I suppose I was one of the first to come under the inspirational spell of his friendship, consenting to become his first curate without seeing the church, the parish, the people or enquiring about pay or a place to live. I went simply because I knew John. That was enough. I never regretted it. Two days before his death I read him a letter from a friend. It recalled with delight walks with John around Newport Pagnell, meals shared; but above all the writer thanked him for encouraging and helping him to become a lay reader. Typical of John’s influence on people!
John would go off to do a chaplaincy in Switzerland, meet up with some Major General or other, and before the end of the fortnight the latter had promised to pay for a new vestry or contribute to one of John’s many imaginative schemes for transforming or beautifying his churches or halls. How did he do it? John had no favourites. He reflected a God who is not a respecter of persons. Like the prophets of old he would fiercely rebuke those in high places if need be, huffing and puffing and chewing his hanky as he approached the unwelcome task. He was equally hard-hitting in parish-magazine letters if he wanted to be—especially on the subject of politics, poverty or peace. His opponents may have found him infuriating, but I suspect they still admired him.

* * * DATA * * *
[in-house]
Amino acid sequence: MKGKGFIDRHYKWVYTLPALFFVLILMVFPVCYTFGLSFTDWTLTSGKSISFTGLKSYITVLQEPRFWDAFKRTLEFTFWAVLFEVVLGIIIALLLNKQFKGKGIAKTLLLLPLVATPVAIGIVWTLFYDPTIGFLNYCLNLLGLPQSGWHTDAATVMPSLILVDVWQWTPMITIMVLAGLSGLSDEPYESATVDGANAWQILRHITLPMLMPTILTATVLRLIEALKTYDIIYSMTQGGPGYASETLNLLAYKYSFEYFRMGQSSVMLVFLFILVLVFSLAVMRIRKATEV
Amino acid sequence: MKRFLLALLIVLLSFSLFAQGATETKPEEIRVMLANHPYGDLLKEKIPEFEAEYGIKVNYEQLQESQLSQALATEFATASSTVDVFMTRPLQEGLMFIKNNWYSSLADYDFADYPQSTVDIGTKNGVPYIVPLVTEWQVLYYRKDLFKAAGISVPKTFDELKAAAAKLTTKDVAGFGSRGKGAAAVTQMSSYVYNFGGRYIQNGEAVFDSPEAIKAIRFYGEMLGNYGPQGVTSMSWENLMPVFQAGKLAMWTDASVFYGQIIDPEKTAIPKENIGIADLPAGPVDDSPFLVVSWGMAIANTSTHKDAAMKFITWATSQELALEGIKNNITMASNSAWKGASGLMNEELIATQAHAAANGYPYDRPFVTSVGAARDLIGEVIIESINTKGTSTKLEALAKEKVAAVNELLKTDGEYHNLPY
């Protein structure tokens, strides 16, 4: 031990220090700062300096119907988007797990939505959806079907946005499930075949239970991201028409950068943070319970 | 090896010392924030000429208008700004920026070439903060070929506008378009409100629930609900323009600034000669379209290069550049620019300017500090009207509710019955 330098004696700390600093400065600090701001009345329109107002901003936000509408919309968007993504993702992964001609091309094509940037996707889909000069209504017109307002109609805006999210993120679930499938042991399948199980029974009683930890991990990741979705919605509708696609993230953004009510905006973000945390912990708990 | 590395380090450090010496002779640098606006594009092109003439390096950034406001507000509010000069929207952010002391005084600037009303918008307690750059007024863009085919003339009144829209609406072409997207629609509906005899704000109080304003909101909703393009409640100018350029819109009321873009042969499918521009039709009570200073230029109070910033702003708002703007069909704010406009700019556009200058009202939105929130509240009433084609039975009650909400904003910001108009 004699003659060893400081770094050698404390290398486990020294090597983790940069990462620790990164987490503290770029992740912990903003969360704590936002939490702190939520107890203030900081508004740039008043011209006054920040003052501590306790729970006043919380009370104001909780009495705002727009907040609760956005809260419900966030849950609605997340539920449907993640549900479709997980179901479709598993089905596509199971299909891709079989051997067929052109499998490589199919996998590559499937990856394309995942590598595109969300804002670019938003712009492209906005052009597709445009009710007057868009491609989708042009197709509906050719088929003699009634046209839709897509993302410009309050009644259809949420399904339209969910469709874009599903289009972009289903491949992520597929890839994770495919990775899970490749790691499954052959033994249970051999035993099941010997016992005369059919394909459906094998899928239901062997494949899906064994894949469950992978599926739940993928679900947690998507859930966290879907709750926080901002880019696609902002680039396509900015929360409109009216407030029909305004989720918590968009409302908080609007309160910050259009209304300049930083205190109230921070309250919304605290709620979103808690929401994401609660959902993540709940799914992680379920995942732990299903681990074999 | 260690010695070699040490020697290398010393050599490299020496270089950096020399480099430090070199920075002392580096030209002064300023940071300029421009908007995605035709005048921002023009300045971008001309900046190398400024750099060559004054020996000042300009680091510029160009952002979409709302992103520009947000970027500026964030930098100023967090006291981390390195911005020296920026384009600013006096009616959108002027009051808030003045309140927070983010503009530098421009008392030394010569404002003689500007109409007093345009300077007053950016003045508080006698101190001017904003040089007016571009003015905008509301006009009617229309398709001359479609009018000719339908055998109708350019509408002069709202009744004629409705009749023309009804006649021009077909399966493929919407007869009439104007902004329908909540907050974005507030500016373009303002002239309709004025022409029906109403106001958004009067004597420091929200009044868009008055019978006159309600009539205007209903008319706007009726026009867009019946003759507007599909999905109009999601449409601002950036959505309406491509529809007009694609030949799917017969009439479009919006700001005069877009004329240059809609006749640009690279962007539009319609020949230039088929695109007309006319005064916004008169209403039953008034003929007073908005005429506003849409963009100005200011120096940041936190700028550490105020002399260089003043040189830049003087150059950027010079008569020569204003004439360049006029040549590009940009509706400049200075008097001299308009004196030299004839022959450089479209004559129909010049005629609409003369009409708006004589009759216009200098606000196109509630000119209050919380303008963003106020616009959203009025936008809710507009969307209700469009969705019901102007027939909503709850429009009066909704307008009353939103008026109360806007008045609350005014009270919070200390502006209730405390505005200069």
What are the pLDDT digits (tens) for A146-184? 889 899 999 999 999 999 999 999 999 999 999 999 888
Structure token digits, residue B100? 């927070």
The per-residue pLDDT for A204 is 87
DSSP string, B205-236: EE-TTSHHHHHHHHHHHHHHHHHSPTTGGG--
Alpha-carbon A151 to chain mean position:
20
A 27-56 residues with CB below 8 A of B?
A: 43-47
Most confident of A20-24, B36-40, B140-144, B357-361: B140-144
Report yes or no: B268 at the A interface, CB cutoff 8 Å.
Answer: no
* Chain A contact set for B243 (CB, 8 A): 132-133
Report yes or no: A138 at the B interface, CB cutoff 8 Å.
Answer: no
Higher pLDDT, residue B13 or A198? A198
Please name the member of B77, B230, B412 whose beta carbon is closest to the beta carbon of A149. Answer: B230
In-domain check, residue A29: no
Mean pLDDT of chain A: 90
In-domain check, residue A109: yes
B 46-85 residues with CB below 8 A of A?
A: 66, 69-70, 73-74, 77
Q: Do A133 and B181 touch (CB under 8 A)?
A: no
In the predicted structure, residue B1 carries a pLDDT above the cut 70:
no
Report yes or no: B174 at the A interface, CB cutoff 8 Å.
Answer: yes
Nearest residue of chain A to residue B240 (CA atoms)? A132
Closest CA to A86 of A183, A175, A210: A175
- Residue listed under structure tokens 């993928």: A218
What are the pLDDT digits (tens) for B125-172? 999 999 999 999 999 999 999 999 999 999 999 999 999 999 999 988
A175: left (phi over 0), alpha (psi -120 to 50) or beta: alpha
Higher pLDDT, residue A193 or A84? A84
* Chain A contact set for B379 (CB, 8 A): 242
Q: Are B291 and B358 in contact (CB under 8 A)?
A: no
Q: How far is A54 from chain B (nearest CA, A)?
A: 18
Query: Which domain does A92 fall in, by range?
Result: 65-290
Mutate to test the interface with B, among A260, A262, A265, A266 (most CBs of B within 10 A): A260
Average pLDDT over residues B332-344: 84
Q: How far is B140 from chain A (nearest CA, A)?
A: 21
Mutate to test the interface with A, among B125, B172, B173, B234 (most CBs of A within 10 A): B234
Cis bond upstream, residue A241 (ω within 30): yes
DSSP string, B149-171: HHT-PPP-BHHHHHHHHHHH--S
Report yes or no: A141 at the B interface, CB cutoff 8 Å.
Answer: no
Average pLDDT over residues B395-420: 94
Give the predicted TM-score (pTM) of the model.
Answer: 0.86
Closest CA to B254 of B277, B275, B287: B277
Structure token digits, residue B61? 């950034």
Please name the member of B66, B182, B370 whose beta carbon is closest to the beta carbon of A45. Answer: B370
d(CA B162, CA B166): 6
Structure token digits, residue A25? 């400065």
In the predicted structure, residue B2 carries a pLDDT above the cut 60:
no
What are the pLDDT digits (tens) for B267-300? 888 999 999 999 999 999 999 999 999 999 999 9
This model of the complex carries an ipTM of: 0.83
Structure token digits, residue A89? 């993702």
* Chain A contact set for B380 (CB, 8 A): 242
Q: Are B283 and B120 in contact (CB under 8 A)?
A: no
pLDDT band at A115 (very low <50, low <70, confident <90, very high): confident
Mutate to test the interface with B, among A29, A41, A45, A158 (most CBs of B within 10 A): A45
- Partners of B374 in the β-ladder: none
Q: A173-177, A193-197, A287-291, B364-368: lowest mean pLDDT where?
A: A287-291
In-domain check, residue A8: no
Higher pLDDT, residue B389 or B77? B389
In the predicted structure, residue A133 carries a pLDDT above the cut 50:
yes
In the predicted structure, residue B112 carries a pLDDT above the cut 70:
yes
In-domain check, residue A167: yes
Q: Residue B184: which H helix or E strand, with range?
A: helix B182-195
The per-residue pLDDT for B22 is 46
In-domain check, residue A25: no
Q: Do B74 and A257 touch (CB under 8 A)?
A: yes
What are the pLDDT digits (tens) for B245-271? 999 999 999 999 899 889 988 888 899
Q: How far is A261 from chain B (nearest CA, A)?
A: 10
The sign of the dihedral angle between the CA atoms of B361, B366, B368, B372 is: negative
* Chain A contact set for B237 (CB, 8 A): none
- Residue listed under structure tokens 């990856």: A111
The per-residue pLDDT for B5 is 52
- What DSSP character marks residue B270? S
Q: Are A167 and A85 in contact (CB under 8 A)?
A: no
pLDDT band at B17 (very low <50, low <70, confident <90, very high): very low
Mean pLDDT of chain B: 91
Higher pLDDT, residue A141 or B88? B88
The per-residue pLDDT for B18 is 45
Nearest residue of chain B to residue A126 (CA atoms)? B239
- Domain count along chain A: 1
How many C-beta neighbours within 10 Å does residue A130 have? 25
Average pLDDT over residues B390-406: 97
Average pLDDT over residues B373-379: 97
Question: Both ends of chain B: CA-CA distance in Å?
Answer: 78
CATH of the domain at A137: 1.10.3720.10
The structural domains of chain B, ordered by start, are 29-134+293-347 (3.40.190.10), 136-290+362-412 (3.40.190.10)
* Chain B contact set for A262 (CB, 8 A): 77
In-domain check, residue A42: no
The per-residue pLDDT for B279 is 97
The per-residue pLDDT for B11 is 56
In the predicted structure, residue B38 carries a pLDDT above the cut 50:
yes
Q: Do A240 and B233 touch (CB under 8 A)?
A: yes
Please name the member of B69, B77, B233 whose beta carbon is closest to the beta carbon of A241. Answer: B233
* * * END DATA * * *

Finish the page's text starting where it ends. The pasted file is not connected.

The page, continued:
- Finally, though so much more could be said, we rejoice that John reached the Biblical three-score years and ten
—thanks to a lot of overtime put in by St Christopher and a tireless squad of guardian angels! In driving hazardously in various vehicles from A to B Mr Toad had nothing whatever on Father Crisp! Milk-floats, plate-glass windows, lampposts—you name it, he ran into it! His last attempt was to ride a tricycle. Mercifully, he didn’t succeed, managing only to go round and round in everlasting circles, never in a straight line.
“Rejoice in the lord always, and again I say, rejoice.”
“John,” wrote a parishioner from Botley in a retirement tribute, “has been amongst us as a sign and a saint. An inspiring, loveable, exasperating, prayerful, challenging man of God.”